April 29, 2011
$90K to start: Tech talent war heats up salaries, ushers in cool perks
New York Times News Service
Eric Firestone began a new job at a Web startup in March, and he’s already thinking about what he might do next. But that’s just fine with his new employer.
The San Francisco company, a service to turn cellphones into credit card readers, lured Firestone from Apple with an unusual pitch: It promised to give him weekly lessons about starting his own business, including how to find venture capitalists to finance it.
Firestone, a 28-year-old software engineer, said he could try to get financing for a startup now, “but I feel like I’d be having a hard time. Here, you get to learn.”
Computer whiz kids have long been prize hires in tech hotbeds such as Silicon Valley and Seattle. But these days, tech companies are dreaming up perks and incentives as the industry wages its fiercest war for talent in more than a decade.
Redfin, an online real estate brokerage in Seattle, sets up one-on-one meetings between recruits and venture capitalists on its board to talk about starting their own companies. It also runs twice-monthly classes on entrepreneurship — a perk that Redfin says has helped attract and retain recruits.
“It helps people stay, but also helps them to go,” says Glenn Kelman, Redfin’s chief executive.
In Silicon Valley, free meals, shuttle buses and stock options are common tech-company fringe benefits. Game maker Zynga dangles free haircuts and iPads in front of recruits, who are also told that they can bring their dogs to work.
Path, a photo-sharing site, moved its offices so it could offer sweeping views of the San Francisco Bay. At Instagram, another photo-sharing startup, workers take food and drink orders from employees, fill them at Costco and keep the supplies on hand for lunches and snacks.
Then there are the salaries. Google pays computer science majors just out of college $90,000 to $105,000. That is so far above the industry average of $80,000 that startups cannot match it. Google declined to comment.
Last month, Microsoft announced it would increase compensation and convert some stock awards to cash to stay competitive in the job market.
“The atmosphere is brutally competitive,” says Keith Rabois, chief operating officer at Square, where Firestone works. “Recruiting in Silicon Valley is more competitive and intense and furious than college football recruiting of high school athletes.”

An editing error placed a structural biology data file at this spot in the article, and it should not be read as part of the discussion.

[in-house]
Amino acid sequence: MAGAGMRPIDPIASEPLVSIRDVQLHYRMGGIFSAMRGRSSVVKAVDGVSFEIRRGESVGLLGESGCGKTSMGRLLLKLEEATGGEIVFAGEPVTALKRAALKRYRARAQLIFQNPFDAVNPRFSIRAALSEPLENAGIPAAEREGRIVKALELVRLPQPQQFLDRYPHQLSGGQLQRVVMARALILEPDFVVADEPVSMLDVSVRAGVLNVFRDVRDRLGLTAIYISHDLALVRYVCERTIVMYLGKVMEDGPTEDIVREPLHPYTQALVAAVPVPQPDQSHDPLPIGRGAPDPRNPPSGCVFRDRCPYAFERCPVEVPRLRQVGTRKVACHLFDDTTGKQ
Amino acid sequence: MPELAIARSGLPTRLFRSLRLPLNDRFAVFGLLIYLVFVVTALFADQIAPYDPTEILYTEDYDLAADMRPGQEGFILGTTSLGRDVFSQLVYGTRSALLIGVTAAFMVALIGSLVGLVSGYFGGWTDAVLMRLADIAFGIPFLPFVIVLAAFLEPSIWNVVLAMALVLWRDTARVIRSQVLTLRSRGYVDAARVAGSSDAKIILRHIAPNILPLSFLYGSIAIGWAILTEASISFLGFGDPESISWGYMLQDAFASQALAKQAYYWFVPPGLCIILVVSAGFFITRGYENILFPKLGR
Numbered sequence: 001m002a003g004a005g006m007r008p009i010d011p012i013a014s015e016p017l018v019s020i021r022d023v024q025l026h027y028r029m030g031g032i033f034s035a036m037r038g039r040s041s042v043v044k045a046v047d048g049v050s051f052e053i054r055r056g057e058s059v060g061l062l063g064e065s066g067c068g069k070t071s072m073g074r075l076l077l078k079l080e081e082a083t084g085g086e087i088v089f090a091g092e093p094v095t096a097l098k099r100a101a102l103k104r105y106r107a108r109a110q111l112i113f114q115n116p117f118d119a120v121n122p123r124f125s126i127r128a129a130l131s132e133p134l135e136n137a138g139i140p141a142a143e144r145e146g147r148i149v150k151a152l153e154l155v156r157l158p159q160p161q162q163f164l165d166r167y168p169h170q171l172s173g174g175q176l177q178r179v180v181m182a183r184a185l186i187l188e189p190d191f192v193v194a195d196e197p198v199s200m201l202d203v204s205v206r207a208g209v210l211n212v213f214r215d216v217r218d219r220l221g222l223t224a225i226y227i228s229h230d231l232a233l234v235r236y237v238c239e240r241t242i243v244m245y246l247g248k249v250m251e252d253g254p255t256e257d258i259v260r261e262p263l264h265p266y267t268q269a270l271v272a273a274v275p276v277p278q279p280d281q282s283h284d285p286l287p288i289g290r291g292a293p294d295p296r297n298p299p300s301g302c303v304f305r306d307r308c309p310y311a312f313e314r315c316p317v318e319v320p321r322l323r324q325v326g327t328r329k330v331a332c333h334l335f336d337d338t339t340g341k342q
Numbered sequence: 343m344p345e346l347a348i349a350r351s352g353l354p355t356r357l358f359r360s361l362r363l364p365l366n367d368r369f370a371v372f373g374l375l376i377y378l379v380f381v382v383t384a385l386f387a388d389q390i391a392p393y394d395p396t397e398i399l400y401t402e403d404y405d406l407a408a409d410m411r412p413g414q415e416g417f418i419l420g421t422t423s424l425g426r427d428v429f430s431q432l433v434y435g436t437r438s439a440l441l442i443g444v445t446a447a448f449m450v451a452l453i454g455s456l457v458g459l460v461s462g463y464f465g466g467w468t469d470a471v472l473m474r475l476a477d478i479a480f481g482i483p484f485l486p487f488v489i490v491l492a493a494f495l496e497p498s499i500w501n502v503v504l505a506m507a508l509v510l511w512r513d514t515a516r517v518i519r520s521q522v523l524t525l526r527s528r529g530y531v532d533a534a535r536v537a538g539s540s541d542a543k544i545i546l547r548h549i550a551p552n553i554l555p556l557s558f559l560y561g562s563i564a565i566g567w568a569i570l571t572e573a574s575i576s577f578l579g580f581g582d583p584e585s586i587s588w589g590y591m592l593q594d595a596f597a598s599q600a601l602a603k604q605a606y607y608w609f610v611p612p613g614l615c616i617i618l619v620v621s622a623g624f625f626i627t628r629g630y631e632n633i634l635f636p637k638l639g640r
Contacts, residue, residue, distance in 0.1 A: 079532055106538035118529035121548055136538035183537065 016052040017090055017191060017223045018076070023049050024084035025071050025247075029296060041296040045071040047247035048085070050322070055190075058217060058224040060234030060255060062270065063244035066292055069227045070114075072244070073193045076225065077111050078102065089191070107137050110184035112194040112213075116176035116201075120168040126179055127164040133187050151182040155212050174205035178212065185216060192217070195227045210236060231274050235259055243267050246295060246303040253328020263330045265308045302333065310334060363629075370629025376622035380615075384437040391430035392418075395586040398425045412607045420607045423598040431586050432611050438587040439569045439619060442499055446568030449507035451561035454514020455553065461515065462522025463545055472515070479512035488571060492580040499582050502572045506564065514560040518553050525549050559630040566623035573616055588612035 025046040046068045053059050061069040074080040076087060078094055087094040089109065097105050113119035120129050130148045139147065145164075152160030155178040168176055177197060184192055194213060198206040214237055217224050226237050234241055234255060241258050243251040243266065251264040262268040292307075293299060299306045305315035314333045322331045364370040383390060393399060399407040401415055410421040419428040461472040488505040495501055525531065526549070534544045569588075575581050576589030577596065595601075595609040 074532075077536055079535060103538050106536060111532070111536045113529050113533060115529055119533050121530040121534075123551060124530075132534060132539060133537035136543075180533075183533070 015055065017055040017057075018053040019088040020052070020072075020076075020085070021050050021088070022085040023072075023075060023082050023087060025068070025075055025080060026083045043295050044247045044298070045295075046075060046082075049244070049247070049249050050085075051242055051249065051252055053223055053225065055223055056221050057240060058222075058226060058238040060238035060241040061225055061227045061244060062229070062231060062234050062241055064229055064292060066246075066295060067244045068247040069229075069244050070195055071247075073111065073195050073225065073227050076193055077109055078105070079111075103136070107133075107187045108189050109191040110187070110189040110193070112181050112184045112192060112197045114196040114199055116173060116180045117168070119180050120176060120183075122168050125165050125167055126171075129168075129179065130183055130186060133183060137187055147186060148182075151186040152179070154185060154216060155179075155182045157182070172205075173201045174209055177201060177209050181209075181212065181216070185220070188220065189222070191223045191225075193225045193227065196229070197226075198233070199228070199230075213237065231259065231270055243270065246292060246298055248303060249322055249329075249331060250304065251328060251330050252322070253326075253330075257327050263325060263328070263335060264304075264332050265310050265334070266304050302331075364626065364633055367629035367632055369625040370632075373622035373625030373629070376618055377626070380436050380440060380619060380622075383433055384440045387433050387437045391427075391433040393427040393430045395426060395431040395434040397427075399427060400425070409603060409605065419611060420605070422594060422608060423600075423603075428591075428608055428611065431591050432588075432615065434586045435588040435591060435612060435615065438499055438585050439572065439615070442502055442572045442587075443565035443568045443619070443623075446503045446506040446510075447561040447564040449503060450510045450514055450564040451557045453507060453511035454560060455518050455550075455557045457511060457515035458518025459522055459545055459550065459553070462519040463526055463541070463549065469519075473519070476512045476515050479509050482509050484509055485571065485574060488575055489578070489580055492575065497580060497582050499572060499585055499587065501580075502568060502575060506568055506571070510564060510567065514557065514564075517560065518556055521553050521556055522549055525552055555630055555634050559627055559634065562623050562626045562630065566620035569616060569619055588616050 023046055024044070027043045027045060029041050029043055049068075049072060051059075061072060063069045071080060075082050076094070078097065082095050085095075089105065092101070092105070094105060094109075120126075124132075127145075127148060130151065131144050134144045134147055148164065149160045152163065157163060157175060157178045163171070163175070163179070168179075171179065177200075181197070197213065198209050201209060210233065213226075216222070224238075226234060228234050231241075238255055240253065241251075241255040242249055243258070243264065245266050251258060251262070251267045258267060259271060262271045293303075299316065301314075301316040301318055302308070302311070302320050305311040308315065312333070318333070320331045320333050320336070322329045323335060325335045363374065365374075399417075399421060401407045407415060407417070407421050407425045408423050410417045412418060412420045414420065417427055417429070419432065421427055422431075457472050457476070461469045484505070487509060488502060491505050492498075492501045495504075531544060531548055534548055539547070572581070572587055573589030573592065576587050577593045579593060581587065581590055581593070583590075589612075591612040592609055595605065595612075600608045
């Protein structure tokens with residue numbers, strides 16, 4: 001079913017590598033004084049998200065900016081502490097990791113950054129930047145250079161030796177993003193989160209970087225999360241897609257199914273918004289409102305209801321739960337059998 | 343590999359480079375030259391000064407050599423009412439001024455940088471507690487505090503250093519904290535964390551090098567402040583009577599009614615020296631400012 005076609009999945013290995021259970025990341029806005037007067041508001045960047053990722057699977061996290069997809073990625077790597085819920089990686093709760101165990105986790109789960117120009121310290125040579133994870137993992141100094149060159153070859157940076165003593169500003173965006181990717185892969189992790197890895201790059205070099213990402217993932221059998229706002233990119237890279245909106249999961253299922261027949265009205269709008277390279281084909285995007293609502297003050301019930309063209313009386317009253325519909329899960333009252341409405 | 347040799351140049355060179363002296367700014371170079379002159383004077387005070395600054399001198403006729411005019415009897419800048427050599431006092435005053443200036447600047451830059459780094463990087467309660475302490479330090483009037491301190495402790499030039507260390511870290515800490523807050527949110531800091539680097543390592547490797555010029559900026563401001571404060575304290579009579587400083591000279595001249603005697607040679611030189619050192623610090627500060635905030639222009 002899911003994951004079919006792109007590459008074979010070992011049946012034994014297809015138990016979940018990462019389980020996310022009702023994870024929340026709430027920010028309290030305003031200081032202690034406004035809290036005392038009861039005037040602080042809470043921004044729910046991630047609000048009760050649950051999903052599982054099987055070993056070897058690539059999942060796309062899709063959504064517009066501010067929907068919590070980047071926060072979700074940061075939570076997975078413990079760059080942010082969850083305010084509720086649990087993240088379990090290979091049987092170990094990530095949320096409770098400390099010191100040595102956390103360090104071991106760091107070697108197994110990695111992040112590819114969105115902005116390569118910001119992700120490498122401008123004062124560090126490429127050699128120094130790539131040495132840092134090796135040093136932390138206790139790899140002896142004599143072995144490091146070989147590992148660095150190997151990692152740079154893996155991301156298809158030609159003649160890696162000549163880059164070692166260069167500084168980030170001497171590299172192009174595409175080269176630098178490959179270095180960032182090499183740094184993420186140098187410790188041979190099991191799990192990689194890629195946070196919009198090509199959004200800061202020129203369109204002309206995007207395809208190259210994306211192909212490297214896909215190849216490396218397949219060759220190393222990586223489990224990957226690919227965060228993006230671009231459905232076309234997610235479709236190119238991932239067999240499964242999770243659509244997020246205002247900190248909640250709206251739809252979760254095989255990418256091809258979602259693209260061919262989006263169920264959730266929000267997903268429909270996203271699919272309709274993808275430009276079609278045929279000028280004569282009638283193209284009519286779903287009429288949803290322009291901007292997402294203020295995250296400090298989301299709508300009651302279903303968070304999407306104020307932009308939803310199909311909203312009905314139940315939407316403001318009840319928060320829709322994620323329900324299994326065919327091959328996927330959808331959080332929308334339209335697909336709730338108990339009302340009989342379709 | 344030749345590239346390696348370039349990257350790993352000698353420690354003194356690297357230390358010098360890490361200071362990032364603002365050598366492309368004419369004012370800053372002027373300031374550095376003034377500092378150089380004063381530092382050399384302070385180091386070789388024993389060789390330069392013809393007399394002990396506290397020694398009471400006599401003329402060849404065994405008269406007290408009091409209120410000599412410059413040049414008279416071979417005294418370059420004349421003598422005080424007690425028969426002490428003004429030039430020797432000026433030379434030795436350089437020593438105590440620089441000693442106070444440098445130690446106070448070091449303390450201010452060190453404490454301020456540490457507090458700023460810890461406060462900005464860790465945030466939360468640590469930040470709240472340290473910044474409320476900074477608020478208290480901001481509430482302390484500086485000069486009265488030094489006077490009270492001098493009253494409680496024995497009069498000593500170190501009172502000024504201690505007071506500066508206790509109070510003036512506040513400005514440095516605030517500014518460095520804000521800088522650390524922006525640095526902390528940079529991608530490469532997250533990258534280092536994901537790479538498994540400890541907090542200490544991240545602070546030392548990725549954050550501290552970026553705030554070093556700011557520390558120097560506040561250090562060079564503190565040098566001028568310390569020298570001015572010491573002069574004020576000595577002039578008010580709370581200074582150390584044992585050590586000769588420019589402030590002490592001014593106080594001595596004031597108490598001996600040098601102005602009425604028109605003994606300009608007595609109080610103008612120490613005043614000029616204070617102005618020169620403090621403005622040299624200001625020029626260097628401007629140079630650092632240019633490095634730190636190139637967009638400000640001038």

As the rest of the country fights stubbornly high unemployment, the shortage of qualified engineers has grown acute in the past six months, tech executives and recruiters say. In Silicon Valley and other tech hubs such as Seattle, New York and Austin, Texas, startups are sprouting by the dozen, competing for the best engineers, programmers and designers. At the same time, companies are seeking ever more specialized skills.
Colleges rarely teach newer programming languages like PHP, Ruby and Python, which have become more popular at young Web companies than older languages such as Java, says Cadir Lee, chief technology officer at Zynga. Other skills, including working with large amounts of data and analytics, can be acquired only at a few companies.
“There are few programs that actually teach those things, and yet that’s the primary people we hire,” Lee says.
And there has been a psychological shift: Many of the most talented engineers want to be the next Mark Zuckerberg, not work for him.
Shannon Callahan, who recruits engineers for venture capital firm Andreessen Horowitz’s portfolio of companies, said a third of the engineers she calls ask for financing to start their own companies instead.
“They have that entrepreneurial spirit, and you want to talk to them because you know they’d do great in a small environment working a million hours a week,” Callahan says. “But those folks are saying, ‘Actually, I think I want to do my own thing.’ ”
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